Jake, what are your views about transit in Lawrence? Do you support the "T"? On the "T" website there are reports from a study about possible coordination of services with KU on Wheels -- what do you think about this idea?
I've used the T a few times, it wasn't the most convenient thing but with a city our size it would be impossible to make everyone happy and give them the most direct routes and times. I think a blending with KU on Wheels would be great; it would add new service options and eliminate redundant service. I believe that increase in efficiency could possibly lead to a self sufficient public transit system
Do you have any ideas about how Lawrence can develop a regional entertainment venue such as city organized music festivals similar to what Lee's Summit does with its Parks & Rec departments. Seems we have a perfect venue and little if any organized activity.
I'm can't say that I'm familiar with what Lee's Summit is doing, but I think a renowned music festival like South by Southwest in Austin, or CMJ in New York, is another step toward creating a stronger downtown and giving Lawrence another platform towards publicizing itself as one of the greatest cities in the region. Not to mention the enormous amount of tourist revenue it would generate. One roadblock is the restrictions on opening new venues in the downtown area, such as the requirements that they serve more food than liquor. If we remove these and encourage more live music choices we can bring an event like a city wide music festival here.
Where do you stand on the SLT?
Well what I've always felt, and what the Placemakers reinforced, is that putting a high speed route around the town will only be a temporary traffic fix and will encourage sprawl and lead to more traffic problems in the future. If you think resident dollars are being spent out of town now, wait until they don't have to go through Lawrence at all. It may not be a completely fair example, but how many towns dissolved once the interstate system was built bypassing them. What I believe, however, is a non-issue since the debate has been going on for 25 years and the state will ultimately decide where the road is placed.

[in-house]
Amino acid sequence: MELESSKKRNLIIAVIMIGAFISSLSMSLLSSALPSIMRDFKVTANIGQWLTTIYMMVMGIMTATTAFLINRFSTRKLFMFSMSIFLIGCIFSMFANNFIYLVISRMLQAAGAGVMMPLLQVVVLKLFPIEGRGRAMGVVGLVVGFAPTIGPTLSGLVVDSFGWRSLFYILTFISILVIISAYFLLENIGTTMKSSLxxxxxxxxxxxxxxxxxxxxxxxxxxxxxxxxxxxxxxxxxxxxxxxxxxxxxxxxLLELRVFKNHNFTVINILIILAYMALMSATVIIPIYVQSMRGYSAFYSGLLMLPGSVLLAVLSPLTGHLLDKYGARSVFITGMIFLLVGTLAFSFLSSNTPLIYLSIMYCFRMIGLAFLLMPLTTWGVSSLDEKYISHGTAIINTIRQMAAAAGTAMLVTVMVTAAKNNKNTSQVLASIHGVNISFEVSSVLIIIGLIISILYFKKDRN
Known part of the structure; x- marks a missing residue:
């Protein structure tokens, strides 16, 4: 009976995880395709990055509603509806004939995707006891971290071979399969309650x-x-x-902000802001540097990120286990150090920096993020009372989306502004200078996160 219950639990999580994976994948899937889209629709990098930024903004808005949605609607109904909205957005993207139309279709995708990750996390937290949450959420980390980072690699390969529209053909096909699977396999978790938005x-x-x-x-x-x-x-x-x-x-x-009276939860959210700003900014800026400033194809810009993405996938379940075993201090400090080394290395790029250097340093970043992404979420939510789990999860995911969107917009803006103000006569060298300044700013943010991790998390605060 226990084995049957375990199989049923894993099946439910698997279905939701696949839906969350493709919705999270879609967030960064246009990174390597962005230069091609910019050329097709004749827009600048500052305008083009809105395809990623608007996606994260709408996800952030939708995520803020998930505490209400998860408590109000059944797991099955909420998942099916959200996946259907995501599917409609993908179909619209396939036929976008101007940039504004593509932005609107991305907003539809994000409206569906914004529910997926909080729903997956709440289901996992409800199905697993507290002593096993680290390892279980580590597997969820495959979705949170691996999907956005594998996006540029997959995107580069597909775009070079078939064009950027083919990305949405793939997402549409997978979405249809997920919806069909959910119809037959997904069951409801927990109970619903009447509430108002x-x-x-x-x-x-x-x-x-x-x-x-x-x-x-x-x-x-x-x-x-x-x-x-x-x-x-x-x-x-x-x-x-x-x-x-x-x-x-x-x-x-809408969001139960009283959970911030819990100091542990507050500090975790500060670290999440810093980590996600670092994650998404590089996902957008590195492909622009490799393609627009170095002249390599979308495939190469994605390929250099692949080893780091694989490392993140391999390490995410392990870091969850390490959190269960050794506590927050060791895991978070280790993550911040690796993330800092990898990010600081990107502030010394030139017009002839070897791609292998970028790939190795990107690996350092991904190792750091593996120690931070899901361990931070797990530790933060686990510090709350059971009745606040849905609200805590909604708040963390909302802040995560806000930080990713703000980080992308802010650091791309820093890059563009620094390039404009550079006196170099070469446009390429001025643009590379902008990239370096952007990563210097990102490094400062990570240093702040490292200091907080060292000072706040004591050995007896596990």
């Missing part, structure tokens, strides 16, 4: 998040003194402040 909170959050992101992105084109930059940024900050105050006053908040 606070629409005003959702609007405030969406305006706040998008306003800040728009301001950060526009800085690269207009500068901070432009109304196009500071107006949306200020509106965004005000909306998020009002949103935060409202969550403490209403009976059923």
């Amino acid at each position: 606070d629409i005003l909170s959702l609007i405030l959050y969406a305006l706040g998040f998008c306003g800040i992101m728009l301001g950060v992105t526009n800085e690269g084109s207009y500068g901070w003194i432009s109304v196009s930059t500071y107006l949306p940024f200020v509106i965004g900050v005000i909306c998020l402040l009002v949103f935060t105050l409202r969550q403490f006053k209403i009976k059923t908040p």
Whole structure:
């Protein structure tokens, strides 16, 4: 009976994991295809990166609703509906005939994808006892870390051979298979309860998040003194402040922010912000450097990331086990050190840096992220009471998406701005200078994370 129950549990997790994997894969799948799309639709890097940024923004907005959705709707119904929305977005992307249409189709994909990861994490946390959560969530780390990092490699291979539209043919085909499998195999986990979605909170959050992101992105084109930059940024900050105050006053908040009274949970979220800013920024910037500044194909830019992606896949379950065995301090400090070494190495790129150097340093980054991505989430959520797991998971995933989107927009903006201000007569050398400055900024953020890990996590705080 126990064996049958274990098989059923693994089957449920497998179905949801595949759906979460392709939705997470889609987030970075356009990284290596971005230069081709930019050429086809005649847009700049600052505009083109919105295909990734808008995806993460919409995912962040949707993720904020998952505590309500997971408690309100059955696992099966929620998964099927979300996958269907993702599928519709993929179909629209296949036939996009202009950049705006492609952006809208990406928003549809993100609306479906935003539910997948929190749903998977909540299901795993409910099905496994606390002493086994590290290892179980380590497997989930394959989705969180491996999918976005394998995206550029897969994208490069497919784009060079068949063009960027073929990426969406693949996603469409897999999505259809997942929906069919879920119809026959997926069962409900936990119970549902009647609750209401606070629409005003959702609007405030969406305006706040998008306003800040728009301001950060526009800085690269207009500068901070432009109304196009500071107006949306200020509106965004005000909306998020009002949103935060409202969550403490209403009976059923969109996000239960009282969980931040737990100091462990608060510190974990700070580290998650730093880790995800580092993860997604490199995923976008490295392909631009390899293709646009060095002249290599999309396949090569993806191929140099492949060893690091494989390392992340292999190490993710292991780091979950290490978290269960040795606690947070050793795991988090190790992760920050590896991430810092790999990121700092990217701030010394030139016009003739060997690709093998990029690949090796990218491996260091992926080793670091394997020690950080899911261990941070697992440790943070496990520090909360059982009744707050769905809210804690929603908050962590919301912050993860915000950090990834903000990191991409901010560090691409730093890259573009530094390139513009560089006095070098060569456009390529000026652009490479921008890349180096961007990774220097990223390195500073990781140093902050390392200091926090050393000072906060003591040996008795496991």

It says in your bio that you're against Lawrence passing a resolution related to the Iraq War, because it is a waste of time. Many voters feel a resolution of this type is important in voicing our community's opinions on a state and national level. Do you really believe that placing a community's stance on a national issue into the public forum is a waste of time?
If it was something I thought we could actually change, then no. It is not a waste. In this case it was. I think that sometimes we need to look around and see what's wrong at home and set an example in that setting first. We CAN be a leader in the environment; we are unlikely to sway W.
Thanks for all your questions! I hope you have a better idea of what I'm about. If you want more information go to www.myspace.com/electjake or come out and see me at the Basin/Aubrey/Anvil Chorus show at Fatso's on Saturday.